Marines

Photo Information

Lance Cpl. Tony Mullis and Lance Cpl. Derrick Stevenson race down the court during an improvised wheelchair soccer game at the Walter Reed National Military Medical Center Bethesda, Md., Jan. 10. They were part of 17 Marine class who recently graduated from the first corporals course for the Wounded Warrior Detachment.

Photo by Lance Cpl. Daniel A. Wetzel

Wounded Warrior Marines still in the fight

20 Jan 2012 | Lance Cpl. Daniel A. Wetzel

Marines who want to progress through the ranks of noncommissioned officer and staff noncommissioned officer frequently have the opportunity to go through leadership courses such as corporals and sergeants courses. These courses provide the basic fundamentals essential for Marines to lead their subordinates and provide structure and stability both in combat and in garrison. For Wounded Warrior Marines, the possibility of attending leadership courses wasnt previously an option. Today, the Corps is bringing the courses directly to the Marines.

A group of Marines who sustained injuries during deployments graduated the first Wounded Warrior Corporals Course at the Walter Reed National Military Medical Center Bethesda, Md., Jan. 17.

"The detachment staff wanted something to help these Marines continue their professional development," said Gunnery Sgt. Boris Peredo, instructor with the Staff Noncommissioned Officer Academy at Marine Corps Base Quantico, Va. Peredo was one of three instructors who volunteered to teach the two-week course.

"The biggest thing I try and get across to Marines is it's not about them; it's about the Marines they lead," Peredo said. "It's about putting their needs aside and being able to talk to other Marines and setting them up for success. Being able to say you're down but not out is a big part of leadership."

For many of the Marines taking the course, it gave them the opportunity to remember why they joined the Marine Corps and motivated them to continue their career in the Corps.

"The course challenged me to get back in the mindset of being an NCO," said Cpl. Rory Hamill, who sustained injuries to his right leg while deployed to Afghanistan with 2nd Battalion, 8th Marine Regiment. "We can lose that mindset easily here since the focus is on recovery instead of being a Marine."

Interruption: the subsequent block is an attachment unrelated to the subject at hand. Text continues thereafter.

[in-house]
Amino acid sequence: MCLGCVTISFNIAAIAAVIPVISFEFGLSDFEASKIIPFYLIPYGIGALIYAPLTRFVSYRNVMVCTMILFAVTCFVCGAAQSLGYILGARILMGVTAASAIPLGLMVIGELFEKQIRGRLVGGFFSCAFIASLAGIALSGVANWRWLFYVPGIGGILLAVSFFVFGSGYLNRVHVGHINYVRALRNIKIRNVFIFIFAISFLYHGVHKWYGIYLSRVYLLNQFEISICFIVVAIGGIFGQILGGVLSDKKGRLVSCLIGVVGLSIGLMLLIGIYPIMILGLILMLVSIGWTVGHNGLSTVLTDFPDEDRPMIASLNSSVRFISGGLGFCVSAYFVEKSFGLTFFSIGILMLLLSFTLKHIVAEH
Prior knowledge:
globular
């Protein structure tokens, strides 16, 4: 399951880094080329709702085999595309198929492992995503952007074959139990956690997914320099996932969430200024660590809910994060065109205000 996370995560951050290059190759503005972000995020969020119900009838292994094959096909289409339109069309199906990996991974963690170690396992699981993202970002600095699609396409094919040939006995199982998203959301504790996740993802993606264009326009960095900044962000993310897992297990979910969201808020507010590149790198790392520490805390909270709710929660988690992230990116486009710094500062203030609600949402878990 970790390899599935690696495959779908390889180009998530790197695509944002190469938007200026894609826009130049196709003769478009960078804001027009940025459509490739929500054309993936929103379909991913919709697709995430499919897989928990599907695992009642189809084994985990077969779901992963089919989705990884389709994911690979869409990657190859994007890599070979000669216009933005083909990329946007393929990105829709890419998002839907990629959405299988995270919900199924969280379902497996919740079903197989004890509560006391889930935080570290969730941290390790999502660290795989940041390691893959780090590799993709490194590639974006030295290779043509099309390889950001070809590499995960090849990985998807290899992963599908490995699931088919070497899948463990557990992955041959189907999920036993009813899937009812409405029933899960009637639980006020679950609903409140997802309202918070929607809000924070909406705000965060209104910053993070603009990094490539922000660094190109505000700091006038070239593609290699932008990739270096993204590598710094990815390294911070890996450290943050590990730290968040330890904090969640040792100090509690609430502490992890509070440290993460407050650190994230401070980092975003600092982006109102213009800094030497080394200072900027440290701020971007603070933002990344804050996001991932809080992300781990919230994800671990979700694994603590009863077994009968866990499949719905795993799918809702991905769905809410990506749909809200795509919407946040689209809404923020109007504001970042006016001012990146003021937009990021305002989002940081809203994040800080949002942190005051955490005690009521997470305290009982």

The course was identical to other corporals courses, including periods of instruction on sword and guidon manual, mentoring, counseling and how to effectively lead junior Marines.

"Obviously some stuff was altered, such as field operations and regular running, lifting weights or other activities our injuries prohibit," said Lance Cpl. Kyle Carpenter, who sustained injuries to the right side of his body from an enemy grenade in Marjah, Afghanistan in 2010 with 2nd battalion, 9th Marine Regiment.

Physical training wasnt the only aspect of the course altered for these Marines. Many events such as land navigation and sword manual were discussed in detail as opposed to performed due to the injuries of some of the students. Despite the challenges, the instructors ensured training topics were covered in detail so the Marines would be able to confidently train and mentor their junior Marines.

"They had to adapt a lot of the training schedule to the wounded Marines because, obviously, there are guys missing arms, guys missing legs who cant do everything," Hamill said. "They adapted but made sure we understood."

The Marines were thoroughly taught and tested throughout the course. The challenges they faced brought the Marines together and helped them embrace the fact that they remain a band of brothers.

"Not everyone was excited to come to class everyday but I think it makes the guys think about reenlisting and it puts the Marines priorities in order," Carpenter said. "It lifted morale and increased our motivation these two weeks we were together."

Although the wounded Marines signed up for the opportunity, many were admittedly apprehensive in the beginning but were appreciative of the experience by graduation day.

"I chose to take the course because I plan on staying in the Corps," Hamill said. "I love this organization. Being here and all the help I received, even after my injury, has motivated me even more. This is my family and I love it."

With the course now complete, these Marines can concentrate on their goals and their future in the Corps.

"Getting injured puts things in perspective and makes you grow up in your professional and personal life," Carpenter said. "I definitely consider reenlisting more now since before I was injured."

Although the experience was unique for the Wounded Warrior Regiment, it was a learning and growing experience for the students, the staff and everyone involved.

"Teaching these Marines makes you realize who you are as a Marine; I think I needed this more than they did," Peredo said. "It hits home because Im able to stand; Im able to move around and theyre not. These are good Marines and now they realize they have something to offer back."

Peredo said they got through to most of the class and reminded them things they forgot while being isolated from the Corps at the medical center.

"A lot of Marines treat this like a petting zoo, they come here because they feel sorry for the wounded Marines," Peredo said. "They dont need that, they need to be taught and trained like Marines."

The detachments goal is to continue corporals courses and other professional development for wounded warriors with classes at Marine Corps Base Quantico, Va., Camp Pendleton, Calif., and Camp Lejeune, N.C.


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